AgDay Analysis With Cattle Expert Who Helped Officials Write NAFTA

The North American Free Trade Agreement (NAFTA) was a trade pact written back in the early 1990s. Derrell Peel, an extension livestock specialist with Oklahoma State University, is one person who aided and gave his insights when trade negotiators were writing the deal.

Peel worked in Mexico for a number of years and still continues to do so today. He gives his insights on how trade has evolved over the last 30 years.

“NAFTA from its beginnings was a big new step for the U.S. generally and certainly for the beef markets. We’ve seen a lot of growth in those markets over time,” said Peel.

Peel says how the U.S. has imported cattle from Mexico for a long time. He says with NAFTA, the U.S. began to export a lot to Mexico and in more recent years, the U.S. has imported beef and cattle from Mexico.

“We’ve seen a lot of evolution from that market overtime,” said Peel.

He says USMCA (the trade agreement between the U.S., Mexico and Canada) reaffirms those basic principles but didn’t “change things a great deal as far as beef markets.” He believes it’s a continuation of the philosophy of the first deal.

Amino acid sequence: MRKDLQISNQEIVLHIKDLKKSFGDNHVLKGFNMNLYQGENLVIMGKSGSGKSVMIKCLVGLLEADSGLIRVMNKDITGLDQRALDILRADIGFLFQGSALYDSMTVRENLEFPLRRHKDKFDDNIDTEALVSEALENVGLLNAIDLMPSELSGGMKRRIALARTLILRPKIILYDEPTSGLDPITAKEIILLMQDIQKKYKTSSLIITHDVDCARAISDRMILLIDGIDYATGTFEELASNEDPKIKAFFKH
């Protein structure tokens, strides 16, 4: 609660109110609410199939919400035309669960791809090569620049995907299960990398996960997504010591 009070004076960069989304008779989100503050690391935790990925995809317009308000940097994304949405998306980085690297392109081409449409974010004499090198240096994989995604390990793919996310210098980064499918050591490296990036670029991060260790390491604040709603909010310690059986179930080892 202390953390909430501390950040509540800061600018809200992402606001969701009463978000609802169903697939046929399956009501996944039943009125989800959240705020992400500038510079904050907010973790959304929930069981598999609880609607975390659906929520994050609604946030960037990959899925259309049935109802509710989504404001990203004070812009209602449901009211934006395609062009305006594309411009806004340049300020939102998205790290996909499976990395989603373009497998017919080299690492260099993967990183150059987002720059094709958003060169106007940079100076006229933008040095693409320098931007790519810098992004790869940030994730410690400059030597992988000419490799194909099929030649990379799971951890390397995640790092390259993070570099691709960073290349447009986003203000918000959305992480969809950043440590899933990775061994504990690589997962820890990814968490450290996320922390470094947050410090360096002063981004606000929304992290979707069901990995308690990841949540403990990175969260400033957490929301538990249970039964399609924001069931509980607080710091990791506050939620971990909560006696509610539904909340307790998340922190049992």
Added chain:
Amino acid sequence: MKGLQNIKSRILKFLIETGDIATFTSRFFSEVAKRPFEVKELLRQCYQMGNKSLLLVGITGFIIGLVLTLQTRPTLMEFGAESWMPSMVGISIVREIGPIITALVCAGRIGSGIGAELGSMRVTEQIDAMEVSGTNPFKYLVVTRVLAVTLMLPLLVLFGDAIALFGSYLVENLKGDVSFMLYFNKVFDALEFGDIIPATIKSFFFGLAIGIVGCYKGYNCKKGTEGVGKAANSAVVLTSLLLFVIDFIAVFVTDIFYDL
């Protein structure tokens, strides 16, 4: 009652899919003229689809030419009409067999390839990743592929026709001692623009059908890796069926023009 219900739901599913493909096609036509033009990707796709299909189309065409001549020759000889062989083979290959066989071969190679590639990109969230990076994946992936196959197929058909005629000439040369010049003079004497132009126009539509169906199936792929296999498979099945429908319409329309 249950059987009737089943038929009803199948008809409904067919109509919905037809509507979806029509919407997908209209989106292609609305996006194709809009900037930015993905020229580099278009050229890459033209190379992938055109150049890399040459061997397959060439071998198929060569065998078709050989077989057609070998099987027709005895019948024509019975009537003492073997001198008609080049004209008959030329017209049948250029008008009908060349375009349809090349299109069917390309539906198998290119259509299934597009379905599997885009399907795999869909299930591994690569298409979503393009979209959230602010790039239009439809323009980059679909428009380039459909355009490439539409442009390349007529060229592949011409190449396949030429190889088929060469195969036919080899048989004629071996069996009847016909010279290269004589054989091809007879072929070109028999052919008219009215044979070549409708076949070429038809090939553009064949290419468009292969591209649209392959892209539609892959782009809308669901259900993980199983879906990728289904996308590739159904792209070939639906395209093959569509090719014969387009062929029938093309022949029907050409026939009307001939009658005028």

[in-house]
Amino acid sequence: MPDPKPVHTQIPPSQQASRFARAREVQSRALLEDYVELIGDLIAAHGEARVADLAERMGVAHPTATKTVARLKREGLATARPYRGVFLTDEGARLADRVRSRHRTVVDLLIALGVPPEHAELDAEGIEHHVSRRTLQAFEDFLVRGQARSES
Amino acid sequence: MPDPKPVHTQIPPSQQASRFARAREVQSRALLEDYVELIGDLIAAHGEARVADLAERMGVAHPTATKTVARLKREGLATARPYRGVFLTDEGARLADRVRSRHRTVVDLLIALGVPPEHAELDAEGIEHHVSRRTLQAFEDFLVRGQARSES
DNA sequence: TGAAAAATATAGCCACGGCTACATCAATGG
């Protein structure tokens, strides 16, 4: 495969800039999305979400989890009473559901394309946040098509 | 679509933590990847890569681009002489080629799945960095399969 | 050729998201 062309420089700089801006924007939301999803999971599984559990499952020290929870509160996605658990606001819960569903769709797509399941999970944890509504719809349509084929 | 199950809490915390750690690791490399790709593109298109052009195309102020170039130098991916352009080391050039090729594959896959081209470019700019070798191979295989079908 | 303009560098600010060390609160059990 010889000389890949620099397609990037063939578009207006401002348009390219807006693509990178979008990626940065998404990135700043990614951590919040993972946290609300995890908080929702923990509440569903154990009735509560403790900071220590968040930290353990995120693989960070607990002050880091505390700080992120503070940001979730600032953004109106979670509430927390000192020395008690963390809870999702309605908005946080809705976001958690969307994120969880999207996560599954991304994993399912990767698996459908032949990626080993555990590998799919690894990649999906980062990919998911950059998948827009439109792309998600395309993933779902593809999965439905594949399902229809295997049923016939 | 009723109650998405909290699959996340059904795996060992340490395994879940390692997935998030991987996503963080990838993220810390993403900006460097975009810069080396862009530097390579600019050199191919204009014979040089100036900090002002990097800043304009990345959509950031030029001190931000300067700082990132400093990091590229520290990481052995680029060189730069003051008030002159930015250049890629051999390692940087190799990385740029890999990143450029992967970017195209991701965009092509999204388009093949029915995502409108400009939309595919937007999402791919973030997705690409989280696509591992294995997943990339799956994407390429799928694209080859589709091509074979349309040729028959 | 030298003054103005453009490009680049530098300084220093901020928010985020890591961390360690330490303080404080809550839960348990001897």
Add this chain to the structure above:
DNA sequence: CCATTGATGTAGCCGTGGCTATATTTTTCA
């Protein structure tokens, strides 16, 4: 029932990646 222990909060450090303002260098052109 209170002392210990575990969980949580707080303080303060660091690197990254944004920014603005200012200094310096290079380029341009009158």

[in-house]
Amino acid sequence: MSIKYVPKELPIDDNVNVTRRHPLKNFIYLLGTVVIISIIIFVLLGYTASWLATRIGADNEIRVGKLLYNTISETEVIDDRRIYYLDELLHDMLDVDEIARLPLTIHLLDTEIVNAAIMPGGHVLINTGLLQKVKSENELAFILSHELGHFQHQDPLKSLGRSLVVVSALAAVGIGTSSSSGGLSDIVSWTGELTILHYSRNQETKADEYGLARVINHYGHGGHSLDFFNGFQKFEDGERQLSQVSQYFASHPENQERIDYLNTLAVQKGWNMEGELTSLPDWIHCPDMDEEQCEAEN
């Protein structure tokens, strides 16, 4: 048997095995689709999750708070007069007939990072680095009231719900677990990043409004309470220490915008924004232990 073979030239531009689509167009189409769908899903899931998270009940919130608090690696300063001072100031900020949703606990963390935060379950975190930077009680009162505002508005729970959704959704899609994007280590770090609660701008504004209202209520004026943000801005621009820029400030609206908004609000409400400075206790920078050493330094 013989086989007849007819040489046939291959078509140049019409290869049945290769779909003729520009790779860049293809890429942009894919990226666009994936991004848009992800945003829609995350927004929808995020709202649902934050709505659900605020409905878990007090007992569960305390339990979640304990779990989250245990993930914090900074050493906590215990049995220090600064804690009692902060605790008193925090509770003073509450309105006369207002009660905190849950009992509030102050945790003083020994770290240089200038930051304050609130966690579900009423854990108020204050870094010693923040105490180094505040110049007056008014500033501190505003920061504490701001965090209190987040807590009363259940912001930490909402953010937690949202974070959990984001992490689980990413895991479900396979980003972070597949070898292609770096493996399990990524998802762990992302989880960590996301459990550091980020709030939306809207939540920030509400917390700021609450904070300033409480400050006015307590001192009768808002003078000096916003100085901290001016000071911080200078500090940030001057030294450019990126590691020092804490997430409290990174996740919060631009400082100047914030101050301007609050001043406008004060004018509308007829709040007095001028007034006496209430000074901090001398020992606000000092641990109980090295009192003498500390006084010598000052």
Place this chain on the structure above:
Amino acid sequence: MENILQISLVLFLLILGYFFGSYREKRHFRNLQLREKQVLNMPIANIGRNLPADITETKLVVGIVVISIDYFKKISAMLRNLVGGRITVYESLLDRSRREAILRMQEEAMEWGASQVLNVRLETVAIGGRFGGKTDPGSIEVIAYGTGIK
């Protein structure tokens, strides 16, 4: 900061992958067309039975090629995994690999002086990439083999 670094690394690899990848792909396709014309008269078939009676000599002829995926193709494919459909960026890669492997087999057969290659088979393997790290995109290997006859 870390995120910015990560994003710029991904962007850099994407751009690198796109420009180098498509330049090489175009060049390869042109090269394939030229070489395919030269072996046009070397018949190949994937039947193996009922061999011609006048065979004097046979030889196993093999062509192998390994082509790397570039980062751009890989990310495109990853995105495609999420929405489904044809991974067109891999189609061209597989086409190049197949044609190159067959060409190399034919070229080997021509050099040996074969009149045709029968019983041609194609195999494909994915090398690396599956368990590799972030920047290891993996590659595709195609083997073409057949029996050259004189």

Peel says he sees China becoming a larger market just like Mexico. He says the beef market to Mexico was quite small to begin with as well.

“I do think there’s a parallel in general in terms of the way trade with China may evolve with U.S. beef,” said Peel. “It’s a very different market, it’s a new market. Once we get past political barriers, then the real work in the marketplace begins to sort of earn market share.”

He says U.S. beef product is different than what China imports from other countries.

“We need to figure out what products work, which price levels are competitive in that market. It’s going to be an ongoing process to develop that market,” said Peel.

He says China has grown so rapidly and is by far the biggest importing country in the world.

“If we can capture even a relatively small percentage of that total market, it will be a big boost to total beef exports,” says Peel.

Peel believes it will take three to five years before the U.S. will see some big boosts with U.S. beef exports to China.  





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